Like most years since 1985, this guy had every intention of rolling out of bed at 6 a.m. on a Sunday to get down to the start of the Pittsburgh Marathon and join in the fun of running 26.2 miles, while keeping a journal about the experience.
And like every year, once the alarm went off, we just didn't see the point -- aside from the fact that we didn't register, hadn't trained, failed to carb up, neglected to research the parking/bus shuttle system and would never get up that early on a Sunday unless we needed to suddenly improve a sermon we were to deliver in church after learning God was going to be in the front row.
But if we had gotten out of bed for once this year, our journal might have looked something like this:
Mile 1: Marathoners always make it sound like this is hard for someone who doesn't normally run. Ha! They must just say that to feel better about themselves. I do that myself, when I tell people it's a lot harder to eat two Big Macs in one sitting than it looks.
Mile 3: OK, maybe it's more difficult than I thought. How come those pedicab drivers on the North Side are never around when you need one?
Mile 5: Is that a Pittsburgh pothole I just stepped in, mangling my ankle? I thought Bill Peduto had put an end to all of those. Sigh, just another politician full of empty promises.
Mile 6: Wow, so this is what it feels like to run across the West End Bridge. I always wondered. Nice to be able to cross that dream off the old bucket list.
Mile 9: I don't know why my parents couldn't have been Kenyan. I'd probably be done with this stupid race by now. Thank goodness they give out separate prize money for slow, lumbering Americans like me in recognition of all the disadvantages we were born with.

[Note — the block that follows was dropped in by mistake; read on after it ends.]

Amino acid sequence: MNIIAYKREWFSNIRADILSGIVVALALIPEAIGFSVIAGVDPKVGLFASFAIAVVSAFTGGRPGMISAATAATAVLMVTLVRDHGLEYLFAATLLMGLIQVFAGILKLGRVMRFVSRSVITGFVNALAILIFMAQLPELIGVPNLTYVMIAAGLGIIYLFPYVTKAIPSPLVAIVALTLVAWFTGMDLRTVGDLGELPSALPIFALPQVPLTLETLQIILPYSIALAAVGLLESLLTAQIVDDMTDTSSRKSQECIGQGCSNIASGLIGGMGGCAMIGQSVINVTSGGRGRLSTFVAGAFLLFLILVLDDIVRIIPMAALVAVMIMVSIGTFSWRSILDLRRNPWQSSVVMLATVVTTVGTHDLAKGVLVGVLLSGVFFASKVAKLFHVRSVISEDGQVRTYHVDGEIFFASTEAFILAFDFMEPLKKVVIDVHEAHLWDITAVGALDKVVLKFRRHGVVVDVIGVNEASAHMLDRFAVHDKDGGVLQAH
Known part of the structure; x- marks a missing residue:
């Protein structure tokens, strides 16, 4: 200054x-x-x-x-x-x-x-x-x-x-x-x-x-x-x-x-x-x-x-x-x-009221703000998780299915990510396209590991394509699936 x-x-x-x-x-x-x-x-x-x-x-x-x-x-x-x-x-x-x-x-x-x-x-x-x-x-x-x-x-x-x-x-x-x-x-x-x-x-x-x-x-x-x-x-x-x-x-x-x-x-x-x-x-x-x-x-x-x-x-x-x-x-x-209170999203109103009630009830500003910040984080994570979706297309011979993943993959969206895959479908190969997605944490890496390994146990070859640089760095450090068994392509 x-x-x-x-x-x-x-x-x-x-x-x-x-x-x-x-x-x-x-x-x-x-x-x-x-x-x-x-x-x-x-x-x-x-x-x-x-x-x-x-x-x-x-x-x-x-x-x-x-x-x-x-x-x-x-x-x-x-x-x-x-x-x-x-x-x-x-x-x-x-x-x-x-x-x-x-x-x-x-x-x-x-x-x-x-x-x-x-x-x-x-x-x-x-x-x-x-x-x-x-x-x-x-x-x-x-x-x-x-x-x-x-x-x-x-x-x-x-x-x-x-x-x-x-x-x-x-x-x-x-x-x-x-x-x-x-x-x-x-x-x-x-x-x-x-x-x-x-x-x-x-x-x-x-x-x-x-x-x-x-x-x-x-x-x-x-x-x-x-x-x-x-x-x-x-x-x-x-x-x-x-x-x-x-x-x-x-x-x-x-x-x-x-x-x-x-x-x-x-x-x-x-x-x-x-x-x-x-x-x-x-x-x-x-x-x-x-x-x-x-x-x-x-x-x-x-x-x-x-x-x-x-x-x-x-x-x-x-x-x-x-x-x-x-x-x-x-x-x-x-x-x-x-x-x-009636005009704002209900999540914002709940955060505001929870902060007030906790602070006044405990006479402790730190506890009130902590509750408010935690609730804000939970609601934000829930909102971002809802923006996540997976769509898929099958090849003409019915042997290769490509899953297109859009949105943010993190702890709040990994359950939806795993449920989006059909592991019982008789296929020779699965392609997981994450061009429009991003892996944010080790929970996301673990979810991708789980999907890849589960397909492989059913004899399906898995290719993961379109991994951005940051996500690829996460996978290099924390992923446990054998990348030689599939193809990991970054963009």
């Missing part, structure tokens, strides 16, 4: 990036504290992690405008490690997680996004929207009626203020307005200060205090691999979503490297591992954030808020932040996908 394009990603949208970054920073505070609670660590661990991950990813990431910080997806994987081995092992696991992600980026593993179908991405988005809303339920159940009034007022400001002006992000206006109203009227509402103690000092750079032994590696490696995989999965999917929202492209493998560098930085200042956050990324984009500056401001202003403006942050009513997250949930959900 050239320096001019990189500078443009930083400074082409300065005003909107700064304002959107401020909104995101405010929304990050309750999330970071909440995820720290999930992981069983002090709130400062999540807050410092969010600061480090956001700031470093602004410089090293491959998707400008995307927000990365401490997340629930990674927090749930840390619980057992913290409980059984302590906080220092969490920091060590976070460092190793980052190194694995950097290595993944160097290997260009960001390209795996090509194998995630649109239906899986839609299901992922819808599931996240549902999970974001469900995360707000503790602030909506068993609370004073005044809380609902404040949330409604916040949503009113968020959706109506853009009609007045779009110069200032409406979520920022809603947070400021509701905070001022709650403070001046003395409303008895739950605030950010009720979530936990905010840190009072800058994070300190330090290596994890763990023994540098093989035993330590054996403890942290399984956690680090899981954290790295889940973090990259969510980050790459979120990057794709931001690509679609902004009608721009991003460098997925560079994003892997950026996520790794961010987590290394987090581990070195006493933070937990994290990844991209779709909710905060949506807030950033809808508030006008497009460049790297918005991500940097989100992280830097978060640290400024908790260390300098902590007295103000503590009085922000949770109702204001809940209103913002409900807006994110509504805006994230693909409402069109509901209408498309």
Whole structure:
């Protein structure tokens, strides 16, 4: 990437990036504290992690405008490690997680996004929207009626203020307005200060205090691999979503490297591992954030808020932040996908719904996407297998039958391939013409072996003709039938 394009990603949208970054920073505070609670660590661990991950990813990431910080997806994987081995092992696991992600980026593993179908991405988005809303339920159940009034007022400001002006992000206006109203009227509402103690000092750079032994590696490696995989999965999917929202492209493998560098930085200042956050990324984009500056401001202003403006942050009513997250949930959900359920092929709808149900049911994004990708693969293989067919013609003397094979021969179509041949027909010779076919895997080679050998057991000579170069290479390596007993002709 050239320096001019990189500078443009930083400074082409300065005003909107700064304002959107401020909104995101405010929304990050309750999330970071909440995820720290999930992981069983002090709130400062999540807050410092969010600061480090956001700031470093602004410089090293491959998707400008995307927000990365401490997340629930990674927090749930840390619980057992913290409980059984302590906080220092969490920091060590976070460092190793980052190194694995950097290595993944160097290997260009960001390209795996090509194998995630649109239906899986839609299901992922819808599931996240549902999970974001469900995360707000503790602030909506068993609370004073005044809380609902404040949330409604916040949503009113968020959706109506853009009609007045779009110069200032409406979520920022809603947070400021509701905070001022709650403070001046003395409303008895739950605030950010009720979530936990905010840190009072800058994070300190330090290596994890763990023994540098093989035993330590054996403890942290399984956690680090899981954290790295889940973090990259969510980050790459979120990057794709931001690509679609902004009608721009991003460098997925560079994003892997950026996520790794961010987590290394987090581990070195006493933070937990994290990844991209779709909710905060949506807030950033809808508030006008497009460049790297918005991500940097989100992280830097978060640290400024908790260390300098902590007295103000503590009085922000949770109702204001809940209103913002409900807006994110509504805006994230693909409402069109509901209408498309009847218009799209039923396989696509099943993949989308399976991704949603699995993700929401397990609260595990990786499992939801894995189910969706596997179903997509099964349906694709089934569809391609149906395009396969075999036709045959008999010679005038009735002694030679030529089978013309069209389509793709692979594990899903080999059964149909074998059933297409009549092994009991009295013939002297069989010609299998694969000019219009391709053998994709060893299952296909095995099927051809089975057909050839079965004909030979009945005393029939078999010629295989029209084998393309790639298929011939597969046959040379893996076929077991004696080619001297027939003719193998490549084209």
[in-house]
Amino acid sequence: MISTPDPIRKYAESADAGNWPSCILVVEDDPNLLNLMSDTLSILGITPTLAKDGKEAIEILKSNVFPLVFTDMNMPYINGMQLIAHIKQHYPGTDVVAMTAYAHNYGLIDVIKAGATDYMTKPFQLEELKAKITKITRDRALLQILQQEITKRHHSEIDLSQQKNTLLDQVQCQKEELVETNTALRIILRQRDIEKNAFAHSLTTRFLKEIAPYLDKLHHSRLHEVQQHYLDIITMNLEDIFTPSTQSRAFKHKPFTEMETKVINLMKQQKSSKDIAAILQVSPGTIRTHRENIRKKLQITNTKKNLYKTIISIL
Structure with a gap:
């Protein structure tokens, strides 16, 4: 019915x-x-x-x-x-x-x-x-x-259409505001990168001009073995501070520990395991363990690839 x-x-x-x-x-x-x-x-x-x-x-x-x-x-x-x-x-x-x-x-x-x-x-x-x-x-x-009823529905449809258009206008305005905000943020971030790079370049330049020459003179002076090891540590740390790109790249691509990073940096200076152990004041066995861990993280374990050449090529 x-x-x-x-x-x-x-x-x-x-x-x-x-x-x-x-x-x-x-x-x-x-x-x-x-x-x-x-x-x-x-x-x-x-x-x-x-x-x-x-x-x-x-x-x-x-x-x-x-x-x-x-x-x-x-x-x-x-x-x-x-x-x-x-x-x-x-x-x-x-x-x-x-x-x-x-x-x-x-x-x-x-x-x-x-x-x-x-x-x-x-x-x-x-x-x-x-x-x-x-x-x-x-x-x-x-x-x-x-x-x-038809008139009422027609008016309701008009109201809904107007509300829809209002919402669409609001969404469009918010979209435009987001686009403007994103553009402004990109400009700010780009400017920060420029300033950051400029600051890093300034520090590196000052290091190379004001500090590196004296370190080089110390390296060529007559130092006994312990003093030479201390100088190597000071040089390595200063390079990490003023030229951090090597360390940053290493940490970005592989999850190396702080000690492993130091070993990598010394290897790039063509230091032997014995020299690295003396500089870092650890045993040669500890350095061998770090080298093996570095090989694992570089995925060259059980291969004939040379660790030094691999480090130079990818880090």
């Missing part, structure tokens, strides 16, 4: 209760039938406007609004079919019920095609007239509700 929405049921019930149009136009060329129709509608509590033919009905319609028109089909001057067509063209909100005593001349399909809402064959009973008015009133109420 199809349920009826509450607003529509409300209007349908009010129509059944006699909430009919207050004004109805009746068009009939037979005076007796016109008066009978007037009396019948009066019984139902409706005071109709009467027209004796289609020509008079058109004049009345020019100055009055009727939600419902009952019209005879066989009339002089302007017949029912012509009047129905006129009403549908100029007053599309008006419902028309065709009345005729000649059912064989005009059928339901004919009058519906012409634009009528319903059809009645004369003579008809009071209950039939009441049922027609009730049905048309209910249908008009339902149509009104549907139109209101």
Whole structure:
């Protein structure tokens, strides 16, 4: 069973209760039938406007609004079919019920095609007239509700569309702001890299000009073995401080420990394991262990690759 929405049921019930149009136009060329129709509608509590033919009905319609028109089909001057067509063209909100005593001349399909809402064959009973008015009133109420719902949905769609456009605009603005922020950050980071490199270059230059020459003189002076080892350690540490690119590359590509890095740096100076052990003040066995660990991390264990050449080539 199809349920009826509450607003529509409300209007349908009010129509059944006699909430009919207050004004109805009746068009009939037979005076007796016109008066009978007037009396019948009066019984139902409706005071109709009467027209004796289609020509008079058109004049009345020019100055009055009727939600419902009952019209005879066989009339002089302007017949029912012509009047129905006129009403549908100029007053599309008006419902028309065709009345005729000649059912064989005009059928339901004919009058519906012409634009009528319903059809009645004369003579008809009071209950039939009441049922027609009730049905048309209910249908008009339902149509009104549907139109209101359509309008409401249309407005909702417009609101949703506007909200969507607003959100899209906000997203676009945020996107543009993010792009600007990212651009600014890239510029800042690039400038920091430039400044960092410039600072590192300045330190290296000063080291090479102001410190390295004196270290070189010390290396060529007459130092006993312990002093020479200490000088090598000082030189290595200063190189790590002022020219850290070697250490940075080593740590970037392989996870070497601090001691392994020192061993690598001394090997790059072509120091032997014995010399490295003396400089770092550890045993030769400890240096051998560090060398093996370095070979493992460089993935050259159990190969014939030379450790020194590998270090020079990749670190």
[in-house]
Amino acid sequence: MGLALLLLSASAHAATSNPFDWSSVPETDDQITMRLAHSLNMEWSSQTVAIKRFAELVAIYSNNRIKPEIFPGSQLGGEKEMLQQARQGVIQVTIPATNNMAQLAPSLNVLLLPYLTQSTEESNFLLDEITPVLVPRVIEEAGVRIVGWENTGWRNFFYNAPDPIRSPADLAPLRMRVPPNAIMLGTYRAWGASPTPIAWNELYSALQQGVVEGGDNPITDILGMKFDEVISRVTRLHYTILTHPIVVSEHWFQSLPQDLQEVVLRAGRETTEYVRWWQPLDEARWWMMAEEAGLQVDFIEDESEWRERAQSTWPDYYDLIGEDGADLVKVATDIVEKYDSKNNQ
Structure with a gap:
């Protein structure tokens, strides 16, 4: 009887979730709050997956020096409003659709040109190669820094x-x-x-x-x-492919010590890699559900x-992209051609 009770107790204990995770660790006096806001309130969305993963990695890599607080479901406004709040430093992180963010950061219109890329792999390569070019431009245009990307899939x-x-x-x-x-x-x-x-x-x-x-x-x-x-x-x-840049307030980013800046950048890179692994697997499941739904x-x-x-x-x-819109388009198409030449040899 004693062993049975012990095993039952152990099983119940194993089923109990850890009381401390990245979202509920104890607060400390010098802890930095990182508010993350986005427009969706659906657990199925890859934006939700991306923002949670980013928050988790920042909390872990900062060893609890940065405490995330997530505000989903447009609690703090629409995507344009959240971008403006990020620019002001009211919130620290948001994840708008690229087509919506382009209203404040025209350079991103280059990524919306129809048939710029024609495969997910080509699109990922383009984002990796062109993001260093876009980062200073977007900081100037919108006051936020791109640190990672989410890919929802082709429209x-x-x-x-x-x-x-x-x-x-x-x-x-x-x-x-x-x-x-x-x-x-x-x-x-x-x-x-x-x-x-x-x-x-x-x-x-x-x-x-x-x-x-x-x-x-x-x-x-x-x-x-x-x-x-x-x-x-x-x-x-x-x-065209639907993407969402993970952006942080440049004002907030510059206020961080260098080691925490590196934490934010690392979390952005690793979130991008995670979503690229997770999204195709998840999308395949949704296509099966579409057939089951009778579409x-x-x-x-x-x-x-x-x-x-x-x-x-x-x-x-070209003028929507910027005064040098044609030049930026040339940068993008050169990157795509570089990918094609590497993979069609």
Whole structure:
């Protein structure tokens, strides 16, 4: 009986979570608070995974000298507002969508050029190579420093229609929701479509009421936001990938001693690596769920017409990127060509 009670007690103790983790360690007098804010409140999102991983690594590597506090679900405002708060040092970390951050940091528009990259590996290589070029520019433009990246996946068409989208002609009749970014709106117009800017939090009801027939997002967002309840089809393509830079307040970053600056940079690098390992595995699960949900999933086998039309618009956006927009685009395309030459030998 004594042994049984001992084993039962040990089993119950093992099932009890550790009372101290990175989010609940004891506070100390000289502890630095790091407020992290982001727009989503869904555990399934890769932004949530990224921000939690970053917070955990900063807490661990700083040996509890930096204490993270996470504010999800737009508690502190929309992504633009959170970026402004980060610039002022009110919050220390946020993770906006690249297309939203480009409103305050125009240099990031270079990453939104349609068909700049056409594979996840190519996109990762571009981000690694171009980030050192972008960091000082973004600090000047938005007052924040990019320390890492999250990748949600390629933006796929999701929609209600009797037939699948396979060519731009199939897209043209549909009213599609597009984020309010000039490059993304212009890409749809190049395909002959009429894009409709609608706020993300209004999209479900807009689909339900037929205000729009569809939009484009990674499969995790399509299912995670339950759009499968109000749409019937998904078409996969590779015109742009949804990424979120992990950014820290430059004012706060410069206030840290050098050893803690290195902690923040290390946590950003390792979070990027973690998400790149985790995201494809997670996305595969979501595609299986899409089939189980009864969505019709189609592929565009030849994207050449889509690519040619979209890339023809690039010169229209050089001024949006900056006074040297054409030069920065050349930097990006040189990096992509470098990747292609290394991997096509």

Mile 10: Ah, the South Side, full of music and revelers and good folks to cheer me on. Such a big boost, just when I needed it. Hold on, is that guy in that alley pausing to do what I think he's doing when he thinks no one is looking? Dude, come on -- even on the South Side, it's still a Sunday morning!
Mile 12: I knew this part would be hard, going uphill to Oakland on Forbes Avenue, but no one told me it would feel like running up the Monongahela Incline. Wait a second, is that 84-year-old Ella Jane Custer coasting by me with a smirk on her face? I thought she was only doing the half-marathon. That's the kind of smugness that gives octogenarians a bad name.
Mile 14: It's always nice coming to Shadyside without needing to search for a parking spot. And I give the spectators props here for being the best-dressed on the route. When a middle-aged man with a nice cardigan, gleaming white teeth and a full head of white hair roots me on, I find that very inspirational, for some reason.
Mile 17: Surprisingly, I'm getting my second wind as I go through Homewood, but I'm worried that if I take advantage of it and start running faster, everyone will think I'm racist. I guess it's fine if I just trot casually and wave.
Mile 20: So this is what hitting the wall feels like. I mean, literally. That little second wind was just a bit of delirium, it turns out, and when reaching Highland Park I needed to stop and throw up, nearly passed out and ran right into a wall in front of a house. The homeowner came out, and I thought she was going to help me, but instead she just glared and demanded to know when the street was going to reopen so she could drive to Giant Eagle. Whatever happened to Pittsburgh friendliness?
Mile 23: I've just been walking the last couple of miles, because there are now blisters on my feet the size of a Pittsburgh Steeler's SUV. People have quit cheering for me. In fact, there's hardly anyone along the route anymore. I think everyone's left to start getting ready for the Penguins game. That's some thanks for the nine hours I've now put into running this marathon.
Mile 25: I give up. It would be nice to say I finished my first marathon, but then what would I have to look forward to as a goal next year? All I know is I need a couple Big Macs, STAT.
Gary Rotstein: firstname.lastname@example.org or 412-263-1255.